Placing piles of mulch adjacent to tree trunks can also kill plants by providing cover and habitat for chewing rodents such as small mice, meadow voles, etc.. With lots of cover from predators, the rodents will usually live under the warm mulch in the winter and chew on the tender and nutritious inner bark to get at the sugars. This chewing off of the bark many times goes unnoticed until the following spring or summer when the tree doesn’t look good. If the chewing is extensive or goes around the whole tree, there is little that can be done to save the tree. Bridge grafting with strips of bark over the girdled or damaged area can be done but this service is time consuming and  unpredictable, so we don’t recommend this procedure , as most arborists would not recommend that you go to these extremes.

CHEAP MULCH or I GOT A GREAT PRICE MULCH may be a great deal of trouble

Finally, many fresh or non-aged mulches may cause nitrogen deficiencies in young trees, shrubs, and flowers. Decomposing bacteria and fungi which ultimately break down mulch must have an ample supply of nitrogen to do their job. Most landscaping mulches are comprised of bark or wood which have high carbon to nitrogen ratios and have very little nitrogen available for the decomposing bacteria. Hence, the bacteria in the soil utilize the existing nitrogen to break down the mulch. This process may cause nitrogen deficiencies on new growth. Although nitrogen deficiencies may occur, they are usually considered temporary as the mulch will eventually release its nutrients into the soil and the decomposition will taper off.


The best way to determine if you have a problem with excessive mulch piling in your landscape is to go out and simply dig through the mulch layer to see how thick it really is. A light raking of the existing mulch is all that is needed to break up any crusted or compacted mulch layers that can repel water and to give it that finished landscape appearance. As a rule-of-thumb, install only a thin layer of mulch a minimum of 3-6 inches away from the trunks of young trees and shrubs and 8-12 inches away from mature tree trunks.

Conducting a visual inspection of the root flare is the best way for an arborist to check a tree or shrub for a possible root collar disorder. If no root flare or buttress roots are found, the chances are good that at least some of the root crown has been buried. When burial is suspected, the arborist must first carefully probe downward to determine the extent and depth of burial. If the root collar is buried, you must remove the soil or mulch below the surface of the junction of the roots and the trunk collar (without damaging the roots or collar) to expose the root collar. This is necessary to allow the collar to dry out and begin respiration of essential oxygen and carbon dioxide.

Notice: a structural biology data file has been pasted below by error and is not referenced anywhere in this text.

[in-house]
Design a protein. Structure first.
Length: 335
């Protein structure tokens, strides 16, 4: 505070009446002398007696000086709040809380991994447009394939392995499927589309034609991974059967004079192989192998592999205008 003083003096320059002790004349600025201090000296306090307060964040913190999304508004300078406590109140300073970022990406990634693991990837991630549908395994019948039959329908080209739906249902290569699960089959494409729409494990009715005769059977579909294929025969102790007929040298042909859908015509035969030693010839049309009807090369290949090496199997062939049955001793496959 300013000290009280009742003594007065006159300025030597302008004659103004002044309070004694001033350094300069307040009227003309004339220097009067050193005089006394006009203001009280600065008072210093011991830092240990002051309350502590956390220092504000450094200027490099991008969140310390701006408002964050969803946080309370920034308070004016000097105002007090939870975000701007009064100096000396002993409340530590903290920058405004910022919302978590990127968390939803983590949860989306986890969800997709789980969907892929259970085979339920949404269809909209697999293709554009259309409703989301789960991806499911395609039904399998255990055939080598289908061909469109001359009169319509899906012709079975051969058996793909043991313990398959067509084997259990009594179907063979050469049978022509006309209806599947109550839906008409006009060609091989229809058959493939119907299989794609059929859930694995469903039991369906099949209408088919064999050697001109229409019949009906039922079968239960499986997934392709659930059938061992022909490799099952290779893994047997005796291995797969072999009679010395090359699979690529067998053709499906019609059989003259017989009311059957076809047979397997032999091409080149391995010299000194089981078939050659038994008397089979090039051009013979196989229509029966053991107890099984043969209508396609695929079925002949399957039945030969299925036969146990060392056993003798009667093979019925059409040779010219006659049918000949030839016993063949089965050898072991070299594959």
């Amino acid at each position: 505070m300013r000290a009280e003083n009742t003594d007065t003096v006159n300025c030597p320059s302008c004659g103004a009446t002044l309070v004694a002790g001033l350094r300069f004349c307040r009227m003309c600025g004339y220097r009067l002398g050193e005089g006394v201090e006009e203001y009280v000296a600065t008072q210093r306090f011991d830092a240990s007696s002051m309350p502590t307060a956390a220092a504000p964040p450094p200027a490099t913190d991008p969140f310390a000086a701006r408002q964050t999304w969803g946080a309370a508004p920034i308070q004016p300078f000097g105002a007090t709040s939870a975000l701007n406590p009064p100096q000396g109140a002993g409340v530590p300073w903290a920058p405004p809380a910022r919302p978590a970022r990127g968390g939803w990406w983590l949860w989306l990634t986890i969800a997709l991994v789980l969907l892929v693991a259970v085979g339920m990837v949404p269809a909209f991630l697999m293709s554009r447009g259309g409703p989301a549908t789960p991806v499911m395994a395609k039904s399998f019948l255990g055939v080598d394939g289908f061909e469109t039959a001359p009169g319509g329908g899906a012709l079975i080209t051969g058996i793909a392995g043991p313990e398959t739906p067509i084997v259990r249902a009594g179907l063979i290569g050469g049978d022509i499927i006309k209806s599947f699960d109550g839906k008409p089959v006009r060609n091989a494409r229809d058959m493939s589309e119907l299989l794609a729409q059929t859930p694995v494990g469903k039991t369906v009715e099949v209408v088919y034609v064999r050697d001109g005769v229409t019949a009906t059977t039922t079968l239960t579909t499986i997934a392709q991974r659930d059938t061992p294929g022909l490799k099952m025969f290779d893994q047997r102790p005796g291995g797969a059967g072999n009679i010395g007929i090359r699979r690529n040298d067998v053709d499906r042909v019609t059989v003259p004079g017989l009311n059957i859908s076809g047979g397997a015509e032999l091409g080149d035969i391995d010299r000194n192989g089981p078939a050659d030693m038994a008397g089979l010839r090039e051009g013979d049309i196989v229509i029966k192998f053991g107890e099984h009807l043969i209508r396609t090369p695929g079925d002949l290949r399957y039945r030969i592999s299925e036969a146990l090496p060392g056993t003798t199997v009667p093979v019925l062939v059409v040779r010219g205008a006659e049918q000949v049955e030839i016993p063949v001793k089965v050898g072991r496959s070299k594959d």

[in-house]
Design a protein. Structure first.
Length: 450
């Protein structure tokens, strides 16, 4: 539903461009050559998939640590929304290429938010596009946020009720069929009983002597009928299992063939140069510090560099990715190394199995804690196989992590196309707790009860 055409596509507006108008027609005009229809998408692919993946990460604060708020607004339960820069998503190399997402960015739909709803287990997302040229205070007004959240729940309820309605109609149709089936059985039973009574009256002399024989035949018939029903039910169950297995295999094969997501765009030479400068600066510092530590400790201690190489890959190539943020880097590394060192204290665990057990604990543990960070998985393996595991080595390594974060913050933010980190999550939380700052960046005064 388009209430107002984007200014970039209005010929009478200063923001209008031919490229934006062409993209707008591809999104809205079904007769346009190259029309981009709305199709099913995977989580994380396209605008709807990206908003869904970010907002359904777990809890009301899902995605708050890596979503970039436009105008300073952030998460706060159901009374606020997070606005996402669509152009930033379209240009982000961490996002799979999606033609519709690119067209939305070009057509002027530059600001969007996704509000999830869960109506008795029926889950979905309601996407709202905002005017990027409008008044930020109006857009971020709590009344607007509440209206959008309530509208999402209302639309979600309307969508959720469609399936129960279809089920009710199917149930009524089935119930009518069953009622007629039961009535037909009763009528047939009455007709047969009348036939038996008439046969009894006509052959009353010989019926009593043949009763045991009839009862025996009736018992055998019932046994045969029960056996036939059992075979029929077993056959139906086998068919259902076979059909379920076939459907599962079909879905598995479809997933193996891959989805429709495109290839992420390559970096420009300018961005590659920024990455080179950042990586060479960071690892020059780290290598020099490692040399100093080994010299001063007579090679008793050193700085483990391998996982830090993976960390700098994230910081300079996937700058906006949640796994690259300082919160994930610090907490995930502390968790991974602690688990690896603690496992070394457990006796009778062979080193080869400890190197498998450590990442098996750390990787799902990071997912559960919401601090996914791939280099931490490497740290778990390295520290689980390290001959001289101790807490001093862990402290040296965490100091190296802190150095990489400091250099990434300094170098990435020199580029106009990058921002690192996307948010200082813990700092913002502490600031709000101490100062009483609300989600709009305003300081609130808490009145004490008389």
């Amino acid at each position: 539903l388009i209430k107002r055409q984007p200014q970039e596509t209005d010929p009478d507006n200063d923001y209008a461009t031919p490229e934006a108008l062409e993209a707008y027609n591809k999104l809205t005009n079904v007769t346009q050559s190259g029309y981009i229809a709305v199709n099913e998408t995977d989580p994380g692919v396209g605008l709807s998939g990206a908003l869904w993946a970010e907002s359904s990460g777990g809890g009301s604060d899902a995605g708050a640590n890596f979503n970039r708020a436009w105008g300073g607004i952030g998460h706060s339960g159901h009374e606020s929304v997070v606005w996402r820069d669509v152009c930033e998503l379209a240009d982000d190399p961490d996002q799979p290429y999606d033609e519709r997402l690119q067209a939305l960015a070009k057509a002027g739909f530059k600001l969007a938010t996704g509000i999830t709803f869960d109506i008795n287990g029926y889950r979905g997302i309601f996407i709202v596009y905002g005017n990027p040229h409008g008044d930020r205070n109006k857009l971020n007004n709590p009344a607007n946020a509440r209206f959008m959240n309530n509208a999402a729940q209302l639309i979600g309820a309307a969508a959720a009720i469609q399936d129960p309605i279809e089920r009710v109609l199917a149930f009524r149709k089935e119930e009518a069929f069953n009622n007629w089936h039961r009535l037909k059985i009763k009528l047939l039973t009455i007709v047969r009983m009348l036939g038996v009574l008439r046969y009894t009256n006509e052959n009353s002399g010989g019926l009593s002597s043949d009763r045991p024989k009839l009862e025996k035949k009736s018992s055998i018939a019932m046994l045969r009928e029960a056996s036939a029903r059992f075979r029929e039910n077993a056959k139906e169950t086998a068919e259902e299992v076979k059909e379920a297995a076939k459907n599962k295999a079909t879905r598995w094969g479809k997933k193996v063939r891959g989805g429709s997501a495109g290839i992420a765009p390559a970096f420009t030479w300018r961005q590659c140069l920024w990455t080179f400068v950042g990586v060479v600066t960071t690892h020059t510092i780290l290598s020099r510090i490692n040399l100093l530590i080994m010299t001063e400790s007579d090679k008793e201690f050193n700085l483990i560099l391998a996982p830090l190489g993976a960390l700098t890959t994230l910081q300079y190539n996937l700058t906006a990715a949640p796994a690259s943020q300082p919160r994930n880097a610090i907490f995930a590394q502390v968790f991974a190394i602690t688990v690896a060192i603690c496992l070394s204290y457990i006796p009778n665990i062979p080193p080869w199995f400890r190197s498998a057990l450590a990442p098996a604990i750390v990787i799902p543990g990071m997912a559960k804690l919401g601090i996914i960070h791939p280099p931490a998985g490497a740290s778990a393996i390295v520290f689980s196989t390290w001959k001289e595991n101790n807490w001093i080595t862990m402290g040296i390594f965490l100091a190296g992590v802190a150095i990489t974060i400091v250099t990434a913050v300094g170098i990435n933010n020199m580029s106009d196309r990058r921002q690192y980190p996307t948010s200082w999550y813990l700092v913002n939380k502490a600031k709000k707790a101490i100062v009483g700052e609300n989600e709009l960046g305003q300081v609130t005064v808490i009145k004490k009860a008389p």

In very sever cases Best Horticultural Services take has taken a small strip of bark and sapwood from the root collar following excavation to determine the presence of fungal pathogens such as Phytophthora or Armillaria . The resulting exposed well must be left open unless the root collar disorder is so severe that the resultant tree decline or hazard potential warrants removal of the tree.

Best Horticultural Services has been part of an amazing number of plants which have improved rapidly in color and vigor within months of a root collar excavation. Observations also indicate that far less winter injury has been recorded  in such plants because the healthy roots, once an excavation has been conducted, produce the growth regulators responsible for above ground winter hardiness.

Of course, pruning of any dead and or dying branches should be conducted to reduce the introduction and spread of disease in treated trees. A light fertilization with a low salt index, slowrelease, nitrogen fertilizer (at 1 – 2 pounds of actual nitrogen per 1000 square feet) may also be required of trees treated for root collar disorders to renew vitality and growth.

In summary, over-mulching and root collar burial is needlessly killing many landscape trees and shrubs by oxygen starvation of the roots, lack of gas exchange and death of inner bark, promoting stem and root diseases, prevention of hardening off via increased mulch temperatures and declining root vigor, rodent girdling, development of water repelling mulch layers, allelopathic mulches, potential short-term nitrogen deficiencies, and nutrient and acidity problems from sour mulch.

Related posts

Memorial Day “me-do” list for the lawn

With the official start of summer kicking off with Memorial Day weekend (May 22-25), some of you may fear the “Honey Do List” that awaits you this weekend. I’ve always felt the best way to counter a “Honey Do List” is to be proactive and have my own “me-do...

Read More

4 essential spring lawn care tasks

With spring on our doorstep, many homeowners are looking forward to spending time in their yards — but not before doing some spring cleanup. Clean up debris Use a rake to remove dead leaves, sticks, twigs and matted grass. If left on the ground, this layer of plant detritus...

Read More